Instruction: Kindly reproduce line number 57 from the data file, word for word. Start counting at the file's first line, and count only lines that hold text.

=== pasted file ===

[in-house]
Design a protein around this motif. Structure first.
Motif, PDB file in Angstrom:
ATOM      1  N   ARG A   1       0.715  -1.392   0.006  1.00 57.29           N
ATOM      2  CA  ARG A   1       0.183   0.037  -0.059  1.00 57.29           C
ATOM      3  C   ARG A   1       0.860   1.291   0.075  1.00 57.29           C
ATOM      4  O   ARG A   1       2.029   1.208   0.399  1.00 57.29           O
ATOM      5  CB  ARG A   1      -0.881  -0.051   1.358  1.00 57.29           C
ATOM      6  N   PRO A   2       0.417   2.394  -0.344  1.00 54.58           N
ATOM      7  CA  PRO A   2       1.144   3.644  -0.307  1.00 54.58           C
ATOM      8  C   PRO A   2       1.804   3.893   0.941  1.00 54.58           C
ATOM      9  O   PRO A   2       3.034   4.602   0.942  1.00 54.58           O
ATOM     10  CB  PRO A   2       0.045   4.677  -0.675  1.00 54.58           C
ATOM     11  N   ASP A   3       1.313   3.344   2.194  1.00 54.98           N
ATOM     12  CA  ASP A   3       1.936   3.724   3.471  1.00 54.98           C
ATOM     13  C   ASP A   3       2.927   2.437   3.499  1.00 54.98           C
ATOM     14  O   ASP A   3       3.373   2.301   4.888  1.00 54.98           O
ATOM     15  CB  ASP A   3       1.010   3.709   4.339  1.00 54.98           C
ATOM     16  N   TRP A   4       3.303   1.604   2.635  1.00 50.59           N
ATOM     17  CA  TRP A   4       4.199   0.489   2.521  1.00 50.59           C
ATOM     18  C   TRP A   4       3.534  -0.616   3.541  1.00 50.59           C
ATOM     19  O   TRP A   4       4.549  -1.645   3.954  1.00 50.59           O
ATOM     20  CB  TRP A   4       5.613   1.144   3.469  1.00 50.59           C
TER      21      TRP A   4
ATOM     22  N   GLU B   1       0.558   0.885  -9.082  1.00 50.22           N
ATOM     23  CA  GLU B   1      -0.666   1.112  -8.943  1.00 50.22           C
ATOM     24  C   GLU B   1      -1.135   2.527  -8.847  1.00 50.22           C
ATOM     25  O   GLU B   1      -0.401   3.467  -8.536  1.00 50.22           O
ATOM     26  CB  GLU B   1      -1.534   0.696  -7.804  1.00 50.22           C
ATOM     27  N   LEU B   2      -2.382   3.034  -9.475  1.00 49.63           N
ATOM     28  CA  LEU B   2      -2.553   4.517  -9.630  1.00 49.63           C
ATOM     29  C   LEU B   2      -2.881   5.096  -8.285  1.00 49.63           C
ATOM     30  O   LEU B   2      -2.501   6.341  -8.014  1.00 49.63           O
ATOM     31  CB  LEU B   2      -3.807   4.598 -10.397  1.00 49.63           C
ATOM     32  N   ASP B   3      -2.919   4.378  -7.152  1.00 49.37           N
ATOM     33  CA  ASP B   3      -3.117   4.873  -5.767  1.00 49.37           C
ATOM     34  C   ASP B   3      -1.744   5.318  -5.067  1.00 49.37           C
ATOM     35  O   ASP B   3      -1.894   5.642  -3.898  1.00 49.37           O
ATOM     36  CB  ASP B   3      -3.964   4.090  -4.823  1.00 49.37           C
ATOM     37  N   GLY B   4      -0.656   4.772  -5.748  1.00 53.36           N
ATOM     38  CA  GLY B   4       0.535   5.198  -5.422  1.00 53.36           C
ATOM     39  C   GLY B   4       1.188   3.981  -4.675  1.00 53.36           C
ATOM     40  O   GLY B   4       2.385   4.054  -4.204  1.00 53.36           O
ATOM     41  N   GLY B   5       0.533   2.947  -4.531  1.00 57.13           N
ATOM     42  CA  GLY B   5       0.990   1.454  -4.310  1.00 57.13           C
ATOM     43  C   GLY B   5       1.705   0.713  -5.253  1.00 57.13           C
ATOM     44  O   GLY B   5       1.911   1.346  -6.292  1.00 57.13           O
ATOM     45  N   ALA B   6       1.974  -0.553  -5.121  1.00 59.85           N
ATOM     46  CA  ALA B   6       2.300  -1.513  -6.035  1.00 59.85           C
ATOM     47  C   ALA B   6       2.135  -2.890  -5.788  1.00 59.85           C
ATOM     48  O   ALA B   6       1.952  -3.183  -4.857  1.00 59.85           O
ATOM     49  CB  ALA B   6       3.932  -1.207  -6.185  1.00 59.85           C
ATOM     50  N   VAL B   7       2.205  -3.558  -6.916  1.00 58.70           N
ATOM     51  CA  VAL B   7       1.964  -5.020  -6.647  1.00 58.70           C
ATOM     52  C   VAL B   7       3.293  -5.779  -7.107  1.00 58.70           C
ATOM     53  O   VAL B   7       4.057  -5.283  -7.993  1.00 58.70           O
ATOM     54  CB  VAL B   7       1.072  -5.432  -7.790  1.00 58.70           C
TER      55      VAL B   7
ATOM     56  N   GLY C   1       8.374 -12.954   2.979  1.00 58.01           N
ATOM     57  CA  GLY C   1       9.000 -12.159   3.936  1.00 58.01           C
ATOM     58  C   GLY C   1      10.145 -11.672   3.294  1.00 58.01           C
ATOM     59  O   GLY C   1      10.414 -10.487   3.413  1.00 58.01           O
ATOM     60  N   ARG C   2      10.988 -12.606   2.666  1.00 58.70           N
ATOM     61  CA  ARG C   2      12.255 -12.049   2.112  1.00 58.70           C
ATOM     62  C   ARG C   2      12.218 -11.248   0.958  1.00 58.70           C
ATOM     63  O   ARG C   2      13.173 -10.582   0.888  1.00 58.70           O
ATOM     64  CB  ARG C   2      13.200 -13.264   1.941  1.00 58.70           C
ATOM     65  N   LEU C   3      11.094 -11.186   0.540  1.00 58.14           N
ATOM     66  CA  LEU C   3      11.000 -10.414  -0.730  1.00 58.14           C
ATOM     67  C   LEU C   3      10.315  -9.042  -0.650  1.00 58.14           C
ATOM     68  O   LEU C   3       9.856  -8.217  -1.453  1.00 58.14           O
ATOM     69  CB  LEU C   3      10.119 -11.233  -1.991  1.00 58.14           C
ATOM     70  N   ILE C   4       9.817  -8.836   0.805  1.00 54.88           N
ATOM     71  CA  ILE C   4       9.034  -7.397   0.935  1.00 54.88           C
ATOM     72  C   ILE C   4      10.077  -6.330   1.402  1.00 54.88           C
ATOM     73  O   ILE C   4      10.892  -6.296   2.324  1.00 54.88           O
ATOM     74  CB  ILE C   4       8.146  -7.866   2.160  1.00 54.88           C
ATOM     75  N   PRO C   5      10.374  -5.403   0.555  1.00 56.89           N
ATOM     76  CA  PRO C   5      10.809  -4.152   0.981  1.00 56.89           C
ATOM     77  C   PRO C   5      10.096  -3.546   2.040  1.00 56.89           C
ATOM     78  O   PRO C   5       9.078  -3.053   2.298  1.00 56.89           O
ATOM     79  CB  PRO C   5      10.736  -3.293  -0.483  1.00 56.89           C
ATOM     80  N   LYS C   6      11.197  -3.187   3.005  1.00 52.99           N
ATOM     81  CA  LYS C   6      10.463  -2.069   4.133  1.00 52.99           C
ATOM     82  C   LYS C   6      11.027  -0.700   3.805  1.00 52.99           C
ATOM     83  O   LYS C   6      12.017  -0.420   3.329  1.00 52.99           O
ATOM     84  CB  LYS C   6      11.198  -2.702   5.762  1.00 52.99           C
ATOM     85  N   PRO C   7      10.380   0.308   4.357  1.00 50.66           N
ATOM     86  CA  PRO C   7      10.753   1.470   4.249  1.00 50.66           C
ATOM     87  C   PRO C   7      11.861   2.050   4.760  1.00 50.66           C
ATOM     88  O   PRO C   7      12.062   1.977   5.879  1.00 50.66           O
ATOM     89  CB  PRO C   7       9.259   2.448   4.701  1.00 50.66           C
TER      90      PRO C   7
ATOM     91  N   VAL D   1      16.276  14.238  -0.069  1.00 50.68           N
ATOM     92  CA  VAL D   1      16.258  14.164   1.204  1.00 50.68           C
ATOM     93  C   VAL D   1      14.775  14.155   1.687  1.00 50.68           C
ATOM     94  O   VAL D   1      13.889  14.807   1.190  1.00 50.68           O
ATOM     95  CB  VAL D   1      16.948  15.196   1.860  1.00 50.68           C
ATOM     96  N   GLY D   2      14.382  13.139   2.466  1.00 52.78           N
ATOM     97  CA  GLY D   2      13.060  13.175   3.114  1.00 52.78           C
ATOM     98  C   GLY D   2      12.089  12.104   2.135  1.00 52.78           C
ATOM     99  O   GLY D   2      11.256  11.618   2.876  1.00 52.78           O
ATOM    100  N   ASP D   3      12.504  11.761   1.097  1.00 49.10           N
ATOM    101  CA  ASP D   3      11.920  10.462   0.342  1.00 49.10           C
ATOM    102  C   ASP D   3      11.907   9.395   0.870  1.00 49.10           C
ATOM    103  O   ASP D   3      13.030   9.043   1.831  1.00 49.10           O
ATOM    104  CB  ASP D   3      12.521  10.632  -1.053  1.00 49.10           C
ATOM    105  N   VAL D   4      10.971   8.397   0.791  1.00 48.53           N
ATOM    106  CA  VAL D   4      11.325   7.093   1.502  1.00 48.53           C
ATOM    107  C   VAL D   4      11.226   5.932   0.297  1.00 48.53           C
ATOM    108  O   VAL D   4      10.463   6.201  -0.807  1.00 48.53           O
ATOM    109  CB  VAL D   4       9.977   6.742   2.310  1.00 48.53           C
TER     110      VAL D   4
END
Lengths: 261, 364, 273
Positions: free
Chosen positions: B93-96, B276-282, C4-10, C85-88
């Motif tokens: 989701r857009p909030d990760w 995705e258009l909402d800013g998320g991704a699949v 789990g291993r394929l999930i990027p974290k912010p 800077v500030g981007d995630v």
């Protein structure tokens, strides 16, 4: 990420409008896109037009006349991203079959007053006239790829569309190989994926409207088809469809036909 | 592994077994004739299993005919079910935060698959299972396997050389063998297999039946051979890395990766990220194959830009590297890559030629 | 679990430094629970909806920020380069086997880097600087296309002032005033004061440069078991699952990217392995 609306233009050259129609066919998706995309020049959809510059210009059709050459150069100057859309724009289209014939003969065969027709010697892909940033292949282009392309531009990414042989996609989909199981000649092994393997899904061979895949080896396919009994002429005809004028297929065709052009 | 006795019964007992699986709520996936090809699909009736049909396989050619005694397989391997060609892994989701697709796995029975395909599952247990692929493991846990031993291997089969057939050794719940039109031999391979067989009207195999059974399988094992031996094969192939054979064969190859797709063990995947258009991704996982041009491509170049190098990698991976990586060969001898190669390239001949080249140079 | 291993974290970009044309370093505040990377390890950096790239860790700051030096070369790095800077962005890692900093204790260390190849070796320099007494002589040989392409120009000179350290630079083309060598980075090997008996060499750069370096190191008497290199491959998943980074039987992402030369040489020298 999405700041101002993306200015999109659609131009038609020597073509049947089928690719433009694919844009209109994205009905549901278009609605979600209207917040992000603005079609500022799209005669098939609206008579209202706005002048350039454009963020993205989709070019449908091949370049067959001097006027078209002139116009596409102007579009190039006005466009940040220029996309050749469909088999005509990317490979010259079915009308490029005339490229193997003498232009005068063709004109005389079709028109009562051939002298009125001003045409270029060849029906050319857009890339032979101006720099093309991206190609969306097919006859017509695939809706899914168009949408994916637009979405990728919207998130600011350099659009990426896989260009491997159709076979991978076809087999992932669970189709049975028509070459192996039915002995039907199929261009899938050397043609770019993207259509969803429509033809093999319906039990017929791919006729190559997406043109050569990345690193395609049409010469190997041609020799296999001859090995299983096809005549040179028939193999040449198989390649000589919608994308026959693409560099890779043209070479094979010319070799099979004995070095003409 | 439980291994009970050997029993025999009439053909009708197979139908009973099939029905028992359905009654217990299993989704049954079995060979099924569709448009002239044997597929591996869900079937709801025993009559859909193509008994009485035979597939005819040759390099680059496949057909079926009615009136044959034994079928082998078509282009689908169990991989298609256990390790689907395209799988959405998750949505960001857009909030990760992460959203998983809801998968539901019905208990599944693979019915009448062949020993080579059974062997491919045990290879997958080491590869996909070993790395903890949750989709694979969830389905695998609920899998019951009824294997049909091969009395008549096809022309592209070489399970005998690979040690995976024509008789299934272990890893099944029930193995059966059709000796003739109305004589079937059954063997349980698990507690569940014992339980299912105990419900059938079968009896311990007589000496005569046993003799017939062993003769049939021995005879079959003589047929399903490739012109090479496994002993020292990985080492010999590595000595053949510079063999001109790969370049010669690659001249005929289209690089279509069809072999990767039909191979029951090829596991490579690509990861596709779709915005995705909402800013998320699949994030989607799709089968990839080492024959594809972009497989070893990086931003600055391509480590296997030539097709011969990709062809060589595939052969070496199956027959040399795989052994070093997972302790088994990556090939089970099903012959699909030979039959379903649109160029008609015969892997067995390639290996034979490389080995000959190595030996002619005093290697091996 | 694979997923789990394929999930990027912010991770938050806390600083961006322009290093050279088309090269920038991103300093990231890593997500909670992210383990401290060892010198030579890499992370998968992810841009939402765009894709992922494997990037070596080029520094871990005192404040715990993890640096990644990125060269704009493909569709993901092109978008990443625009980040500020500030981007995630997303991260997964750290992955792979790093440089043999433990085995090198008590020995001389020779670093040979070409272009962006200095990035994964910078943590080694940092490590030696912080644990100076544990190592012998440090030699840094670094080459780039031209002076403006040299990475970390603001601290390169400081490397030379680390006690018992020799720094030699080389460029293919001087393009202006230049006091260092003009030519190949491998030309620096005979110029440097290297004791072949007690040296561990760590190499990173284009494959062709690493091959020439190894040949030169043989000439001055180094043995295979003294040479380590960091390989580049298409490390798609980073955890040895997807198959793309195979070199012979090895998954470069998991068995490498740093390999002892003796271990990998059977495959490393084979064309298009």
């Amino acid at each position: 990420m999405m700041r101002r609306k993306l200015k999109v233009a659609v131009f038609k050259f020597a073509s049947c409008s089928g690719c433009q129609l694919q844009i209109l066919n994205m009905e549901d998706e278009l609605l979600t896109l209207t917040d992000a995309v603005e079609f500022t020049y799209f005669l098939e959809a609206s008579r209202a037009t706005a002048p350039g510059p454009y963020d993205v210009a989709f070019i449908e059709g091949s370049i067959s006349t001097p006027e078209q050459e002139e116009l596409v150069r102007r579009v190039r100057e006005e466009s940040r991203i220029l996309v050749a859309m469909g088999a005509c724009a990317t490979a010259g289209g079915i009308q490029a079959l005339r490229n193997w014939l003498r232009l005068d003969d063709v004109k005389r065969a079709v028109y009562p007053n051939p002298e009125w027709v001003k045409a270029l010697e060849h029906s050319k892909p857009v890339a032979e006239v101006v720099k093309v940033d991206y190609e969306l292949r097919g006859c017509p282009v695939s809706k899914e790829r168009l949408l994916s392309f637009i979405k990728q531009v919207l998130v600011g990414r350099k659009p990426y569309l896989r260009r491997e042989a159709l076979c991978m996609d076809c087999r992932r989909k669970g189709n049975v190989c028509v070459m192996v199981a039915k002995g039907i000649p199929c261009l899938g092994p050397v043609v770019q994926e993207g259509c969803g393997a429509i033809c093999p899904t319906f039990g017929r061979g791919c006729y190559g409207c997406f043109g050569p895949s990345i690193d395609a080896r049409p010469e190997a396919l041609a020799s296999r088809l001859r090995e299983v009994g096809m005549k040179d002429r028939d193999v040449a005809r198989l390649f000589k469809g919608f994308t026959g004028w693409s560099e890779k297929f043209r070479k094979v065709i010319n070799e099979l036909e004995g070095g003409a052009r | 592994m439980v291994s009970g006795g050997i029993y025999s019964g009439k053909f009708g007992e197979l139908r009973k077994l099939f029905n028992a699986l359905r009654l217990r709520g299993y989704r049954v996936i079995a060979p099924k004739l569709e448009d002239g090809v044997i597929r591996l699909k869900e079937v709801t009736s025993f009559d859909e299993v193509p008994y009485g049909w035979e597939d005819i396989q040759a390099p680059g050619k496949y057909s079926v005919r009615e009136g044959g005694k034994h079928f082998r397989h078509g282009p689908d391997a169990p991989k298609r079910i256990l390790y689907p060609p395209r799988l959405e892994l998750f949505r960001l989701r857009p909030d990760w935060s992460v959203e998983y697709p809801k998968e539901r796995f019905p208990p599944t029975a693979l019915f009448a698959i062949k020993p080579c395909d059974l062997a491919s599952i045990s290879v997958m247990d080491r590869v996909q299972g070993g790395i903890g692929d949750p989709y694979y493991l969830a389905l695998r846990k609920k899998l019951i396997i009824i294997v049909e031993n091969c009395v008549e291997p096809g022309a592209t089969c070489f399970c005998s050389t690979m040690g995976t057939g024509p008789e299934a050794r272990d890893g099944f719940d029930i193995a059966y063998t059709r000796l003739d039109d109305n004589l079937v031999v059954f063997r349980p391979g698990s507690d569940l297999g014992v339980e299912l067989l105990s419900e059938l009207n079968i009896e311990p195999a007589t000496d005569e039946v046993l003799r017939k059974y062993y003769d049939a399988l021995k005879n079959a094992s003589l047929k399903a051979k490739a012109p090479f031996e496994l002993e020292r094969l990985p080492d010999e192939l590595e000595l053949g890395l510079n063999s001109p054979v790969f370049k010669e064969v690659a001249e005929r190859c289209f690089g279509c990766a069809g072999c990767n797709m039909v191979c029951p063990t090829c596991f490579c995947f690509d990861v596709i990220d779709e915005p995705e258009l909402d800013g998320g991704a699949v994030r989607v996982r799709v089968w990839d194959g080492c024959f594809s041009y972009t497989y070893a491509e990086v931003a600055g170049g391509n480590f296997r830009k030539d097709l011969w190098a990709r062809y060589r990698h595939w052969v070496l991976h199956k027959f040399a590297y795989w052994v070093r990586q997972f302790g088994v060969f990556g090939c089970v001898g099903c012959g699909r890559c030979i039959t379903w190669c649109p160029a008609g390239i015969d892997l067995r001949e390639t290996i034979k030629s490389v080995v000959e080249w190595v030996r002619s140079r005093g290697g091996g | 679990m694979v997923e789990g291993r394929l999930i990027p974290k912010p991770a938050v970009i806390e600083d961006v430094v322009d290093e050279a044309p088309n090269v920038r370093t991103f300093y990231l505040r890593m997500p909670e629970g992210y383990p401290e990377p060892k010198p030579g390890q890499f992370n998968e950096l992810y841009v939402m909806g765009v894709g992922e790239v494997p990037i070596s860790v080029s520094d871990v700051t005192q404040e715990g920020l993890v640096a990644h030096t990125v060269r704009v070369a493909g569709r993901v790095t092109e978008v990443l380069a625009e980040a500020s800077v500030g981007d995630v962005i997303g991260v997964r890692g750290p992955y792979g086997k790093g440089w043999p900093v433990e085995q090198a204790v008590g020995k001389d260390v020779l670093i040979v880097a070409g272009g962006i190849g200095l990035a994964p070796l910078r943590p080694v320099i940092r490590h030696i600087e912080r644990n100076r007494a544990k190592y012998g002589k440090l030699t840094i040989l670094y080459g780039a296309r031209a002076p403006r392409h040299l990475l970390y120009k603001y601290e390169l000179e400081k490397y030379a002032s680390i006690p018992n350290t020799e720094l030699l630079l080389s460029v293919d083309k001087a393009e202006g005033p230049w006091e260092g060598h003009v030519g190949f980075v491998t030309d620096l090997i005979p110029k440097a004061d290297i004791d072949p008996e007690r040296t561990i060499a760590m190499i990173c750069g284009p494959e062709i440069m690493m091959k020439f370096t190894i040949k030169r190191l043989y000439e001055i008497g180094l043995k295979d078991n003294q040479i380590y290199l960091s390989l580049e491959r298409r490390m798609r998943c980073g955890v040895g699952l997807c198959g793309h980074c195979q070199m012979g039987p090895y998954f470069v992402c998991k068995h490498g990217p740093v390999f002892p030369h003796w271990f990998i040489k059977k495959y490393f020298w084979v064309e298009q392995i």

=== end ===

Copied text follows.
ATOM     54  CB  VAL B   7       1.072  -5.432  -7.790  1.00 58.70           C